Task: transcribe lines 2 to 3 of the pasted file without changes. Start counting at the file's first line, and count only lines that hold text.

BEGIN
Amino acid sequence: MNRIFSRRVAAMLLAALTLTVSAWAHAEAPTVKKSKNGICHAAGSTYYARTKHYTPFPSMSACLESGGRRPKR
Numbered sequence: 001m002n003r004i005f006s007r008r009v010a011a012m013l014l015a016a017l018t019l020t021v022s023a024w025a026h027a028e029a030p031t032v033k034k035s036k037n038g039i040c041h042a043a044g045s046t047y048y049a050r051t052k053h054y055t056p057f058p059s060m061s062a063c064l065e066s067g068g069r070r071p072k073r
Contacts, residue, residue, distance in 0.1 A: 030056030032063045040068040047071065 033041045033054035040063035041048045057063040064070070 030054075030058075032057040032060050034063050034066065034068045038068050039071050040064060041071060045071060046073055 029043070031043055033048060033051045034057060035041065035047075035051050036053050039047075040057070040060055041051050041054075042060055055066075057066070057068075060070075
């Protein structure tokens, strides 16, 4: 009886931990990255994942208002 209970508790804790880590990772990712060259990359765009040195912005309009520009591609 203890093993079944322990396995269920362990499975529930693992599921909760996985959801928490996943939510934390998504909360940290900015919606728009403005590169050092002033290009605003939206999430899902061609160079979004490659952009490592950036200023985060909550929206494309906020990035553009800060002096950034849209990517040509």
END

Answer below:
Numbered sequence: 001m002n003r004i005f006s007r008r009v010a011a012m013l014l015a016a017l018t019l020t021v022s023a024w025a026h027a028e029a030p031t032v033k034k035s036k037n038g039i040c041h042a043a044g045s046t047y048y049a050r051t052k053h054y055t056p057f058p059s060m061s062a063c064l065e066s067g068g069r070r071p072k073r
Contacts, residue, residue, distance in 0.1 A: 030056030032063045040068040047071065 033041045033054035040063035041048045057063040064070070 030054075030058075032057040032060050034063050034066065034068045038068050039071050040064060041071060045071060046073055 029043070031043055033048060033051045034057060035041065035047075035051050036053050039047075040057070040060055041051050041054075042060055055066075057066070057068075060070075